Based off of an anime from the 1960s that had simplistic stories, simplistic animation you really had to question the sanity of the Wachowski Brothers. I mean I know they love anime. Their work in The Matrix trilogy more than proves that. But when it comes right down to this, who was clamoring for a Speed Racer movie?
Speed Racer (Emile Hirsch) is one of the best racecar drivers in the business. His whole family is into racing with his father Pops Racer (John Goodman) building cars for his son to race. Things seem to be going along just peachy for Speed and his family until bazillionare Royalton (Roger Allam) shows up with an offer to sponsor Speed in the upcoming racing circuit. Speed it tempted by the amazing offer, but wishes to stay independent. This chaps Royalton’s coiffed hair and so he vows vengeance.
But things take a turn for the shady when Inspector Detector (Benno Furmann) shows up with an offer for Speed. Seems like there is a criminal conspiracy at the heart of the racing circuit and Detector wants to bust it. With the help of Trixie (Christina Ricci), Spritle (Paulie Litt) and Chim Chim the chip, Speed finds himself in a series of deadly races, with Royalton’s cronies and a mob boss gunning for him. But at his back is the mysterious Racer X (Matthew Fox) who may or may not be Speeds long lost brother Rex. It all boils down to a hyper color adventure that fires on all cylinders.
- Amazing visuals capture the feel of a live action cartoon
- An energetic and lively score by Michael Giacchino
- Keeps true to the spirit of the ‘60s cartoon
- Runs a bit too long and over complicates what should be a simple story
- Pushes everything over the top – visuals, acting, story, music
- As far from The Matrix as you can get
Even if the creation of the movie is suspect, the final result is really one of the most visually impressive I’ve seen. Every element is designed to create the atmosphere of a cartoon and it works wonderfully. Had the running time been streamlined and the story less complicated this could have been a winner. As it stands, it’s worth seeking out for fans of animation and visual pop.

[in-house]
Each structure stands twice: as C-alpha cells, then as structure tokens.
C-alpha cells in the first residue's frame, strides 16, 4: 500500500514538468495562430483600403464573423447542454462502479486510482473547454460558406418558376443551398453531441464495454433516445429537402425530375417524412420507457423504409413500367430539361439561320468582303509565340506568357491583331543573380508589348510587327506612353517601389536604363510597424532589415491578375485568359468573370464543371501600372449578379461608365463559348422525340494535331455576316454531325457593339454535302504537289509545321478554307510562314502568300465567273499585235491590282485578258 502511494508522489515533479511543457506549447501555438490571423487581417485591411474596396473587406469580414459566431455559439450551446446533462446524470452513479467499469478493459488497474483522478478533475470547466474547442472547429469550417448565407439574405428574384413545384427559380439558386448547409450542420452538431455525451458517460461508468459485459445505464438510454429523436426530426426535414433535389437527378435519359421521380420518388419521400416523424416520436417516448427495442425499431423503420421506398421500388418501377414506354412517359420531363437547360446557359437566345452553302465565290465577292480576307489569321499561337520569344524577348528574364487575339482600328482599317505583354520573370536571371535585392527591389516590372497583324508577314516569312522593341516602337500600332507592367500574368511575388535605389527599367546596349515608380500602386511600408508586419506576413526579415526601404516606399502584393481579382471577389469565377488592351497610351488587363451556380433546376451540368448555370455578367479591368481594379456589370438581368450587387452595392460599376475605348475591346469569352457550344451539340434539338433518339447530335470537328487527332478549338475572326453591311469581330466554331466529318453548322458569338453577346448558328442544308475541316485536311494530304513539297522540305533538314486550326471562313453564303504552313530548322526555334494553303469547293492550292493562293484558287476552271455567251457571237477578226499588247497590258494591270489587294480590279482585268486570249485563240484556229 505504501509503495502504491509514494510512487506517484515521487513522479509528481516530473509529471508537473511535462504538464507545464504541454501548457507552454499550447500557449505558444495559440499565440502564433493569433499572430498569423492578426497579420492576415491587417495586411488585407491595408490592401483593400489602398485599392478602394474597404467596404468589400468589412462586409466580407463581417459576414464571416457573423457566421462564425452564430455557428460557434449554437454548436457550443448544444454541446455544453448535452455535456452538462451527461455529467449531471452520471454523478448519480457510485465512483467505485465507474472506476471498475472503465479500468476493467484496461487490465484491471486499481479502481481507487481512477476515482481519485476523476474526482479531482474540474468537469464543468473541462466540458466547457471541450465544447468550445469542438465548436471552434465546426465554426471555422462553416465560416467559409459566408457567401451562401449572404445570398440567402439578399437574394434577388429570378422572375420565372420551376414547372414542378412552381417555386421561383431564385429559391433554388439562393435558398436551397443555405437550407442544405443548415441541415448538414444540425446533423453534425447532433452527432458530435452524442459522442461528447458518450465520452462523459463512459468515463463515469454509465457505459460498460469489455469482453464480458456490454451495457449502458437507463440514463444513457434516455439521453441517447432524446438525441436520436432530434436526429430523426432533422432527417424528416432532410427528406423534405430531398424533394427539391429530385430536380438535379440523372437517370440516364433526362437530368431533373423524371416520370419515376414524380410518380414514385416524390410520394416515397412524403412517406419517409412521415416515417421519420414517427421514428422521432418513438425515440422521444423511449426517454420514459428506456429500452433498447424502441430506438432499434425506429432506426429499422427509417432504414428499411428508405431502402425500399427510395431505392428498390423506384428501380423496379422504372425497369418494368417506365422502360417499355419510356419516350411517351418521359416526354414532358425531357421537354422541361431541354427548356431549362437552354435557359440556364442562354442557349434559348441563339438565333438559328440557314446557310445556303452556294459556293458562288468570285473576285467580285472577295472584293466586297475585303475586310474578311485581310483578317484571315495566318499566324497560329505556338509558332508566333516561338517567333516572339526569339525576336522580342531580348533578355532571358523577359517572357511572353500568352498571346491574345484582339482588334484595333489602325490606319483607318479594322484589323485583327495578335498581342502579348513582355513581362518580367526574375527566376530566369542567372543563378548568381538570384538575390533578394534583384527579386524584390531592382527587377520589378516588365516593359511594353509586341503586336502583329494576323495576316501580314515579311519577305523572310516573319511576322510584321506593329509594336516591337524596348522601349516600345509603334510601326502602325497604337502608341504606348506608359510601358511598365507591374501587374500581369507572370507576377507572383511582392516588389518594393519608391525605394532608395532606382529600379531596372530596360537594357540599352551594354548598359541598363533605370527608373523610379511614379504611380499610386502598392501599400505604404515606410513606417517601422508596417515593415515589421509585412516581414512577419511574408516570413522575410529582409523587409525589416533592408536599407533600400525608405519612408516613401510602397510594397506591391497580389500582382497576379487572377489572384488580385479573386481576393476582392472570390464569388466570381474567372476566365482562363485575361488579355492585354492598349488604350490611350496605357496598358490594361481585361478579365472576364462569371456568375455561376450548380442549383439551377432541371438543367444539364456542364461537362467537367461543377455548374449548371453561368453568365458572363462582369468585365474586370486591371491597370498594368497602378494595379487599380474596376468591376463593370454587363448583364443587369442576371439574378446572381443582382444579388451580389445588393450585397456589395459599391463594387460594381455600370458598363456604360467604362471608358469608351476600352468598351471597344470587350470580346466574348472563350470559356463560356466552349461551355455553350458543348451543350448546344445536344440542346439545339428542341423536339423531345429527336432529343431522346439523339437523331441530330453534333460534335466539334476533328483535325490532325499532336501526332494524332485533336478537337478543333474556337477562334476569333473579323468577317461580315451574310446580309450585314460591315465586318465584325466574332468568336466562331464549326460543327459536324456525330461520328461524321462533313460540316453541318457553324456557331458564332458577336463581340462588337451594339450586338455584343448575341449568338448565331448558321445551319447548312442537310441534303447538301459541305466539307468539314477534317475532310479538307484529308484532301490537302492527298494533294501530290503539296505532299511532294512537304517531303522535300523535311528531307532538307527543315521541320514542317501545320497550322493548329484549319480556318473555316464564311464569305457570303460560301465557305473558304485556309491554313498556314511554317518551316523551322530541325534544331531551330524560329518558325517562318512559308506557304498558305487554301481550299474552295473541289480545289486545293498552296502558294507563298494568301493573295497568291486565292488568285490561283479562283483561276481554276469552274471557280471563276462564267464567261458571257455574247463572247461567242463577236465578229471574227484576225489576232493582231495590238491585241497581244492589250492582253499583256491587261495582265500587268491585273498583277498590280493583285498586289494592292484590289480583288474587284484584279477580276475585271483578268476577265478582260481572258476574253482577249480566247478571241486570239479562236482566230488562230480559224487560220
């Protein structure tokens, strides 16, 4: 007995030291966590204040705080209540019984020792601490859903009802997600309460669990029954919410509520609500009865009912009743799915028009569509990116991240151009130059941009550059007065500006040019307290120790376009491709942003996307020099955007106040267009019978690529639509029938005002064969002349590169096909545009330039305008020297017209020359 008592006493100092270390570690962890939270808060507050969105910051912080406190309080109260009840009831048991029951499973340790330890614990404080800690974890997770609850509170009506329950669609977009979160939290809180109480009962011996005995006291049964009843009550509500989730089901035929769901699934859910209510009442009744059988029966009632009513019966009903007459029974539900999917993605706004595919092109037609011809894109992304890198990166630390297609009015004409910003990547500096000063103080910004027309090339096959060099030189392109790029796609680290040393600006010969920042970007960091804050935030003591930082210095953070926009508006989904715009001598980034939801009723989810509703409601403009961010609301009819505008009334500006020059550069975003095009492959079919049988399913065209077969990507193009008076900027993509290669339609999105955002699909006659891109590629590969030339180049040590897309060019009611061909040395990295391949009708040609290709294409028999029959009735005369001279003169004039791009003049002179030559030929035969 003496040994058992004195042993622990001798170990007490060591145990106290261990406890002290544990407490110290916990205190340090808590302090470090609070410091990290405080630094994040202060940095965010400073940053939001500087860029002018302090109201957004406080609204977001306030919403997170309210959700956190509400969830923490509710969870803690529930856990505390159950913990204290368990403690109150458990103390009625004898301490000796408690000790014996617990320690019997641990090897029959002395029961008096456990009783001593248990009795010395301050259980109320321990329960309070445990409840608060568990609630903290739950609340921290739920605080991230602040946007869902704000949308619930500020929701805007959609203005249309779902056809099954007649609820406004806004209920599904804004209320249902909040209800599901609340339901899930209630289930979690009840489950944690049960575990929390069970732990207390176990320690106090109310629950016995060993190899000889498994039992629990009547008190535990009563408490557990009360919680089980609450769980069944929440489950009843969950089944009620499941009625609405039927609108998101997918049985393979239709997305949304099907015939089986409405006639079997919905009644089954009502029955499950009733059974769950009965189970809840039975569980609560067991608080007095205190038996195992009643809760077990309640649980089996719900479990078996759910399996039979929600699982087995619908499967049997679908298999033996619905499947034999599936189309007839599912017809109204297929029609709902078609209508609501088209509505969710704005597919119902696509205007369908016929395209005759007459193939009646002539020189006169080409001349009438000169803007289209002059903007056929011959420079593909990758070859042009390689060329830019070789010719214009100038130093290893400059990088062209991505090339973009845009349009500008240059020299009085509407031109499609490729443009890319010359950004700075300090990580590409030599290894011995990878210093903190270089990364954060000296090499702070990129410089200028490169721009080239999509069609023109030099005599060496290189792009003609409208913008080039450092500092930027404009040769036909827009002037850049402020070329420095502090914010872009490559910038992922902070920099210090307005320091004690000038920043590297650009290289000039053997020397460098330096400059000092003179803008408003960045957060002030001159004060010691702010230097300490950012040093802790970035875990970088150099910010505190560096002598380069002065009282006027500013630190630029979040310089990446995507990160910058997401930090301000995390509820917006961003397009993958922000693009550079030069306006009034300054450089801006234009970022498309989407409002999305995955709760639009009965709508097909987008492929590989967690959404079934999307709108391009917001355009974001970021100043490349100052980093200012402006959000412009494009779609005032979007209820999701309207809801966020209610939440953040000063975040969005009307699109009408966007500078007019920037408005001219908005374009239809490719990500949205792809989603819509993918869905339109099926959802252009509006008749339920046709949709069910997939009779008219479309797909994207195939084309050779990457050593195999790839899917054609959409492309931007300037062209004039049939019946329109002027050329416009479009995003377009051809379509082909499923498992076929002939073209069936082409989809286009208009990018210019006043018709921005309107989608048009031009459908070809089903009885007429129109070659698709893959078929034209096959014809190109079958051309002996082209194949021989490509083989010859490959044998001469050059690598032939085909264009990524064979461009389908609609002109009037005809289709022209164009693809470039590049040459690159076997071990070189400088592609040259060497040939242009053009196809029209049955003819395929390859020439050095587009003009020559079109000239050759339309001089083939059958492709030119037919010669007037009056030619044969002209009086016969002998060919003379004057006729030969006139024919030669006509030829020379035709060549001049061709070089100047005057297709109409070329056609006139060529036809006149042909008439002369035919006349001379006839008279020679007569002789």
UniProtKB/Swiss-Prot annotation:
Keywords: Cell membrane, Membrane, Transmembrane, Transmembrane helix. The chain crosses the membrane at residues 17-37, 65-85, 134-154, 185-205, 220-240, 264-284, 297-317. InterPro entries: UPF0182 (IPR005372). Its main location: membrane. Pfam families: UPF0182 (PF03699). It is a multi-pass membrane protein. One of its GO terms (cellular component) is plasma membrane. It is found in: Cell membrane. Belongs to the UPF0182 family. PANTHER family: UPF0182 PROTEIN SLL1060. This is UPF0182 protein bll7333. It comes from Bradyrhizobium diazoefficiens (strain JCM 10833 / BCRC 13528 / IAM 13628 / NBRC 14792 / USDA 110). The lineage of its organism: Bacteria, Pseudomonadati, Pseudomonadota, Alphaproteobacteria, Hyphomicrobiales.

Scores (out of 5)
Oddly had this movie been released in the mid 1990s it would have been better received. For some reason, MTV started showing episodes of the Speed Racer cartoon, bad dub and all, as a kind of ironic bit of programming. This was back when they used to show Liquid Television: a mix of unusual and experimental animation that brought us Aeon Flux. At this time, some techno group going by the name Alpha Team used the Speed Racer theme song, lines from the dub and a bit of dance fueled beats to create a Speed Racer single. The radio edit was a bit of ‘90s fun, but the unrated sexy edit was a bit of comic genius. Using the many assorted back breaths, gasps and groans straight from the ‘60s dub, Speed Racer put the X back in Racer X.
A few years later, the fledgling Cartoon Network would show reruns of Speed Racer in all its glory. Usually right before or after Space Ghost Coast to Coast. I mean if there was a time for a Speed Racer revival this was it.
Instead the Wachowski brothers waited until 2008 to unleash the film. I do remember hearing about it being in development for a few years before that (with Johnny Depp attached at some point). Upon its release the film bombed hard and any goodwill the Wachowski brothers had remaining after the less then warm reception the Matrix sequels received all but vanished.
I guess if your expectations were for something along the lines of The Matrix I can see how this movie with its candy colors and cartoon dialogue could disappoint you. But I can’t see how anyone who knows anything about Speed Racer and enjoyed the show a little beyond its ironic merits could not find something fun about this film.
It’s hard to describe the film’s visual approach other than to say it was true to the bright colors, outrageous angles and rapid approach of the cartoon. The races defy the laws of physics and hurtle by with insane speed. But the Wachoski brothers keep the action understandable and clear with plenty of long shots to establish who is who and where they are on the course.